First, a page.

Introduction of The Small Business, Enterprise and Employment Bill 2014 – 2015 to Parliament
11th August, 2014
The Small Business, Enterprise and Employment Bill 2014 – 2015 was introduced to Parliament on 25 June 2014.
Its goal is to “reduce the barriers that can hamper the ability of small businesses to innovate, grow and compete.” Signaled as a helping hand to SMEs, the legislation introduces a raft of changes on a range of issues.
The Bill aims to:
– Increase transparency around who owns and controls UK companies through the creation of a central registry of company (beneficial) ownership information. A beneficial owner would include any person who holds 25% of a company’s shares or voting rights, or who otherwise exercises overall control over the company. This will also apply to LLPs.
– Impose fines on foreign companies who take over British firms, where they do not honour certain commitments, such as safeguarding jobs.
– Introduce a framework for reforming whistleblowing legislation; requiring prescribed persons to publish an annual report detailing disclosures made (to encourage best practice procedures).
– Provide government with the ability to introduce measures, to give small firms fair access to public sector procurement contracts and to make public sector procurement practices more streamlined and efficient. Such measures are yet to have been identified but are likely to follow in secondary legislation.
Access to Finance
– Improve SME access to finance by opening up small business credit data to improve competition and make it easier for businesses to seek a loan from a lender other than their bank.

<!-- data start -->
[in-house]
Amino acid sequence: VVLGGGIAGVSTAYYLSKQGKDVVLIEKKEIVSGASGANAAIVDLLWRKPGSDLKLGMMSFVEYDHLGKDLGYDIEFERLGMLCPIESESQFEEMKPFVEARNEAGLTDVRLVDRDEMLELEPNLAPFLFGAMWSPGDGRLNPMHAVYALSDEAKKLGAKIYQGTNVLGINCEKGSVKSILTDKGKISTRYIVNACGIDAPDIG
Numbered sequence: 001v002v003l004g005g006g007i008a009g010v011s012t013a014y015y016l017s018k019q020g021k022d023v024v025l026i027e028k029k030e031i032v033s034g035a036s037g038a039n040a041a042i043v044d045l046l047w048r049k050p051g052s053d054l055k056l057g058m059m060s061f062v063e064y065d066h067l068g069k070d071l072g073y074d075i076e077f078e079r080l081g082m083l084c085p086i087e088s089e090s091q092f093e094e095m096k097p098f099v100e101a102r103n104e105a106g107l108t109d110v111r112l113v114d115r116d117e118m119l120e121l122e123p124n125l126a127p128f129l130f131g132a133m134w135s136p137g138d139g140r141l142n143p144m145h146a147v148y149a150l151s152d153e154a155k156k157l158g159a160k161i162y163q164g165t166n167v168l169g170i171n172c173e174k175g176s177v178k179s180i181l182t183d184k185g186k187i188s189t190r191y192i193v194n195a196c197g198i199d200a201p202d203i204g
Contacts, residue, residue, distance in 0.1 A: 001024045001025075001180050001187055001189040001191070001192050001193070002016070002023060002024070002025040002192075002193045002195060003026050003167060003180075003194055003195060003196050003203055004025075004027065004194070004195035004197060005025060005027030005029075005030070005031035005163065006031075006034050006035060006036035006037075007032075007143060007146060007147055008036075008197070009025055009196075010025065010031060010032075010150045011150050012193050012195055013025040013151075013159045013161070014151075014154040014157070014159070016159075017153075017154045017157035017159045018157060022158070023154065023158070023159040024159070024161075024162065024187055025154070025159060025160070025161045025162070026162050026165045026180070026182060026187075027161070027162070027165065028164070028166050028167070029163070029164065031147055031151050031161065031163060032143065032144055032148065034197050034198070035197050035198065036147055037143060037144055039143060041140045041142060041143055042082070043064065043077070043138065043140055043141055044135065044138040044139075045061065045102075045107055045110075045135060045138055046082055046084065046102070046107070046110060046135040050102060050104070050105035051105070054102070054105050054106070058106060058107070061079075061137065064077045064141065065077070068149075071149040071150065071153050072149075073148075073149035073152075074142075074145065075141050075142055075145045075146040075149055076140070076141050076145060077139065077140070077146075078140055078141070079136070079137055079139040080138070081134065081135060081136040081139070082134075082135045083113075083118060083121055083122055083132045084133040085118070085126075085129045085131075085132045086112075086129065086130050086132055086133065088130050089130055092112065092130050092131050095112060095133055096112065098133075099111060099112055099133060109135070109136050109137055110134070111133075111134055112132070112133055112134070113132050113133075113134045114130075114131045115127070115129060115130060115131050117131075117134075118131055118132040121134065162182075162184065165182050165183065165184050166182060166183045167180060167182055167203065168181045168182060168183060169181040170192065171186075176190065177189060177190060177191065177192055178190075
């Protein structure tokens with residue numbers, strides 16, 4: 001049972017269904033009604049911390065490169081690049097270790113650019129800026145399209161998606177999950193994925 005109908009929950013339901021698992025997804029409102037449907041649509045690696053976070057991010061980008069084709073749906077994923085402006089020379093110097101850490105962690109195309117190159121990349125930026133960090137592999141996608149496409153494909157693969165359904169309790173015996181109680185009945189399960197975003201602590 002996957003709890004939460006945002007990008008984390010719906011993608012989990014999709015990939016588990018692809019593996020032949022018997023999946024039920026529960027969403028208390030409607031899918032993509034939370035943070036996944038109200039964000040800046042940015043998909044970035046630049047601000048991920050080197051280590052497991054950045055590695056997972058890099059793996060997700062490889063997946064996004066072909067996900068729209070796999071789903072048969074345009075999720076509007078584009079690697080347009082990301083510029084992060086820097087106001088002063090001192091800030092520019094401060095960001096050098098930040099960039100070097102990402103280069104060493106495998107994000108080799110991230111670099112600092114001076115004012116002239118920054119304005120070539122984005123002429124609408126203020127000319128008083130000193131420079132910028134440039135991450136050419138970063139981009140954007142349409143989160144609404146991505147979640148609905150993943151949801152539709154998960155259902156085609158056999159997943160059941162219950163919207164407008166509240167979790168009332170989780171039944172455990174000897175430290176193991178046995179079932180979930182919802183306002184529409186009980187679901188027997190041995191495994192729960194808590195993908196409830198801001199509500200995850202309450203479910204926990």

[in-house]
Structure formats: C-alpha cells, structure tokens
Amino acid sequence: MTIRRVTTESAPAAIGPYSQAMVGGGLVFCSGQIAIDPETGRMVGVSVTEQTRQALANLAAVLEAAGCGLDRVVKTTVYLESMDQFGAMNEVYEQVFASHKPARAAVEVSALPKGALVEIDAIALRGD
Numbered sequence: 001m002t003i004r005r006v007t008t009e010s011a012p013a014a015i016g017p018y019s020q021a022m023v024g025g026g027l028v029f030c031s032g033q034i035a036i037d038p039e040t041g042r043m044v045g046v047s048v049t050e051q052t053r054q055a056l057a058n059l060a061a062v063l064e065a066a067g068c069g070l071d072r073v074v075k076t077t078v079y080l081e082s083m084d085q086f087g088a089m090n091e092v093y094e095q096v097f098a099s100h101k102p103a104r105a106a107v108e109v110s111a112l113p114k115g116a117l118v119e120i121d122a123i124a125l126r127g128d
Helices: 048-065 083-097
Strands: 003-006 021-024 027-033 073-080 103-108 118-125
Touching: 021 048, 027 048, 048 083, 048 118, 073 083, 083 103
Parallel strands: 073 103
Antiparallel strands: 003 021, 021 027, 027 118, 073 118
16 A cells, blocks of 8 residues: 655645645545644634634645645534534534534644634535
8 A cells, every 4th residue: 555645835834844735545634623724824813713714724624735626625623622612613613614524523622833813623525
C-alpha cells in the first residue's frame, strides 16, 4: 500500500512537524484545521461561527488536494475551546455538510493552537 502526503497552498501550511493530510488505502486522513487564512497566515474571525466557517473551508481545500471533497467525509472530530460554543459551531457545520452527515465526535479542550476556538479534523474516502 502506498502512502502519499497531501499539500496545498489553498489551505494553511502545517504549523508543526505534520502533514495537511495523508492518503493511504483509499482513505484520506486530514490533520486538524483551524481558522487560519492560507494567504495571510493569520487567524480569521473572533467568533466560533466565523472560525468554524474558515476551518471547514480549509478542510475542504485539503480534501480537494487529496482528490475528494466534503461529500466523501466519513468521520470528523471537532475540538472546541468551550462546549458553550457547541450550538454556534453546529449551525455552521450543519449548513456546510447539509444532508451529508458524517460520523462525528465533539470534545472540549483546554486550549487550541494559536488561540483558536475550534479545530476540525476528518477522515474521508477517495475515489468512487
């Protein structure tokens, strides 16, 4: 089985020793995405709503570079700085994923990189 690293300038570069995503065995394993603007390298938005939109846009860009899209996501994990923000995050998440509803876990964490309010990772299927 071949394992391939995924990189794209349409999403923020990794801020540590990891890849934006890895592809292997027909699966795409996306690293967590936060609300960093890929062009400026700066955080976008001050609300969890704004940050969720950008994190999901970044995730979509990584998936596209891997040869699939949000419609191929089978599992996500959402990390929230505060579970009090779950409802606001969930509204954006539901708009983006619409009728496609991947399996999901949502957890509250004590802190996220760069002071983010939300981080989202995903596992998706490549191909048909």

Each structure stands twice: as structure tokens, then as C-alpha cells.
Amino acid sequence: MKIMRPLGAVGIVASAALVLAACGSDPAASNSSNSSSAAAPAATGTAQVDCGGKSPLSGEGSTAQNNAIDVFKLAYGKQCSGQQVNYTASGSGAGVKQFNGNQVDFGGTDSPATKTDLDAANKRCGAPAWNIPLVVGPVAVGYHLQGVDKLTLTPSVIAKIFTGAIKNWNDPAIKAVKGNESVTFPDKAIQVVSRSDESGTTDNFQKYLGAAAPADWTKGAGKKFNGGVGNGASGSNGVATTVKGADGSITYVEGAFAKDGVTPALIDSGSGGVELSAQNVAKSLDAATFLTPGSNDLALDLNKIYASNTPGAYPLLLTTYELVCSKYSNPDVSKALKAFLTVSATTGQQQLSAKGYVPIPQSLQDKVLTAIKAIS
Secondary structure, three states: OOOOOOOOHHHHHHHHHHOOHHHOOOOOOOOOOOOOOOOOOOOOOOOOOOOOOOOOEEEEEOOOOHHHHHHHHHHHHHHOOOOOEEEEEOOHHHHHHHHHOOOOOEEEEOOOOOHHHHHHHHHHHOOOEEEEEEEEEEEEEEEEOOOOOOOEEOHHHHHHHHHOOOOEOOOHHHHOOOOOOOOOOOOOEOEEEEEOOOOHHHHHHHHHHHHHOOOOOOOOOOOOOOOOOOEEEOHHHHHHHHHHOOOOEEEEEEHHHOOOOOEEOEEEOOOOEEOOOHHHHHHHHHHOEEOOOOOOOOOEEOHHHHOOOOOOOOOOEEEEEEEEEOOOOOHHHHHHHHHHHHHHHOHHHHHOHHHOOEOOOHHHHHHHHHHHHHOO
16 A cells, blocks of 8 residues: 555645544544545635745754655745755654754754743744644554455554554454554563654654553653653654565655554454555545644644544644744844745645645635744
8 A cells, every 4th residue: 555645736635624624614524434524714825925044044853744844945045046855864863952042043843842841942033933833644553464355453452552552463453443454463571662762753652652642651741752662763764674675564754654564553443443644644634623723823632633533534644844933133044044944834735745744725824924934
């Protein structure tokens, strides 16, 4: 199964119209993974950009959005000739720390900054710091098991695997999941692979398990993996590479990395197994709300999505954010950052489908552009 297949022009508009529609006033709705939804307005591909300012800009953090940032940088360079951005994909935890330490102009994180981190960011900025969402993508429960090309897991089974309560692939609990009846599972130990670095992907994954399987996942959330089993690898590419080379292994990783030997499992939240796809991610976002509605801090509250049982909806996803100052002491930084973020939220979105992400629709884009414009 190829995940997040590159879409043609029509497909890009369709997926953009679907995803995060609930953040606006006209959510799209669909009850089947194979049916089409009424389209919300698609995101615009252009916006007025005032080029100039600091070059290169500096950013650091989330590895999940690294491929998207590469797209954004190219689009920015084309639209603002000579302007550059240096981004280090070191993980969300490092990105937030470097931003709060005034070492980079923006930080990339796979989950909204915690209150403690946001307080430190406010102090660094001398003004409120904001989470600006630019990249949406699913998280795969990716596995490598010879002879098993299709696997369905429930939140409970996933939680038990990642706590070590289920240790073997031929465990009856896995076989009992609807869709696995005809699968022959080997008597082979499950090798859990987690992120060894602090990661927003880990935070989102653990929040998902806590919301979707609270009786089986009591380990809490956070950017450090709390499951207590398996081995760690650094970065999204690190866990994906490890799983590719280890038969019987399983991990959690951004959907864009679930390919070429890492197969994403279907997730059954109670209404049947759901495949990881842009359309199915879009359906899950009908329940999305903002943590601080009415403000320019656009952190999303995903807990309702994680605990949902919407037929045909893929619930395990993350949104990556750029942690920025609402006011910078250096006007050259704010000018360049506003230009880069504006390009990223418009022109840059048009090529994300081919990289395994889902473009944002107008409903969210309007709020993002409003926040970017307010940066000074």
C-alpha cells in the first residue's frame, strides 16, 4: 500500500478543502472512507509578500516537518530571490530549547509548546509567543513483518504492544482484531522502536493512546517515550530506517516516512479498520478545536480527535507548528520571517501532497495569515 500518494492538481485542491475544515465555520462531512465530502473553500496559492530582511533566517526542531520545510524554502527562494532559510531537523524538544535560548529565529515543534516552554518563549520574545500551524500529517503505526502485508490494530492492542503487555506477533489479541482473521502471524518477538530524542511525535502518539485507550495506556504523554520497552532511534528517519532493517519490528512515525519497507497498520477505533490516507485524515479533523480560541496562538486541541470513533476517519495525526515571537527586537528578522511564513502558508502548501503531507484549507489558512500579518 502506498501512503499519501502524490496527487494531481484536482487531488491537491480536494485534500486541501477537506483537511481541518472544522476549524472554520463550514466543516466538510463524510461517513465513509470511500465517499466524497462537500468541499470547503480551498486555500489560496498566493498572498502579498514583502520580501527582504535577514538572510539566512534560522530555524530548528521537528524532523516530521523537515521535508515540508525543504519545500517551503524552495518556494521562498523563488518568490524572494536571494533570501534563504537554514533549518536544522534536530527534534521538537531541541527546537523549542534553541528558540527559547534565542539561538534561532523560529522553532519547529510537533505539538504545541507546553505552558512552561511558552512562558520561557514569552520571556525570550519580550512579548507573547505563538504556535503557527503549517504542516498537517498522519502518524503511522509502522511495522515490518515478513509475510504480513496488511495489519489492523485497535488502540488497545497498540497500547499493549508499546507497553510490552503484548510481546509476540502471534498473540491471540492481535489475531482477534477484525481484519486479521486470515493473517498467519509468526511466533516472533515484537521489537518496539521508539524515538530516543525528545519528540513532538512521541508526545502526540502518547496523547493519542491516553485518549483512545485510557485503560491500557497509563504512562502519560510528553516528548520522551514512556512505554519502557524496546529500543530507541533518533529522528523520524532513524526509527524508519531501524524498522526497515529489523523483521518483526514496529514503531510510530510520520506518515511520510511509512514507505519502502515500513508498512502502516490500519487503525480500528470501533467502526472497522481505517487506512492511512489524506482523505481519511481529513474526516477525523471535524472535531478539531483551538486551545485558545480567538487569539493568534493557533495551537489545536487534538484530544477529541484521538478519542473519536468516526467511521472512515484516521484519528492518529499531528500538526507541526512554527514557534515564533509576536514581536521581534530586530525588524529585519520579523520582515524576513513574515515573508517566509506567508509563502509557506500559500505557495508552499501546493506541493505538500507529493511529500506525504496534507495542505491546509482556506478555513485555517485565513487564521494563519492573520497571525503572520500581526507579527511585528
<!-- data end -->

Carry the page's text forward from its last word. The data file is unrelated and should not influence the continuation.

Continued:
– Increase trade credit availability for SMEs by enabling HMRC to share non-financial VAT registration data on a ‘controlled basis to qualifying organisations’.
– Introduce requirements for the government to publish and report on deregulation targets in each parliamentary term. Regulations affecting SMEs will be regularly reviewed, assessing their relevance and effectiveness.
– Make exclusivity clauses in zero hours contracts unenforceable, preventing employers suing a ‘zero hours’ worker for being employed elsewhere. The legislation also reserves powers for the Secretary of State to make further provisions in relation to ‘zero hours’ workers.
– Sanction tougher penalties for employers found to be in breach of national minimum wage legislation, applying the maximum penalty on a per worker basis, rather than per notice basis.
It is too early to say whether the changes outlined will have a real impact on small businesses, but improved access to finance and promises to reduce red tape are moves certain to be welcomed by the small business community. The Bill passed its second reading in the House of Commons last week with a view to becoming law in March 2015, ahead of the general election.
Aaron & Partners LLP is able to advise on all aspects and issues which small businesses may face. For further advice or information please contact Stuart Scott-Goldstone on 01244 405555 or at [email protected]
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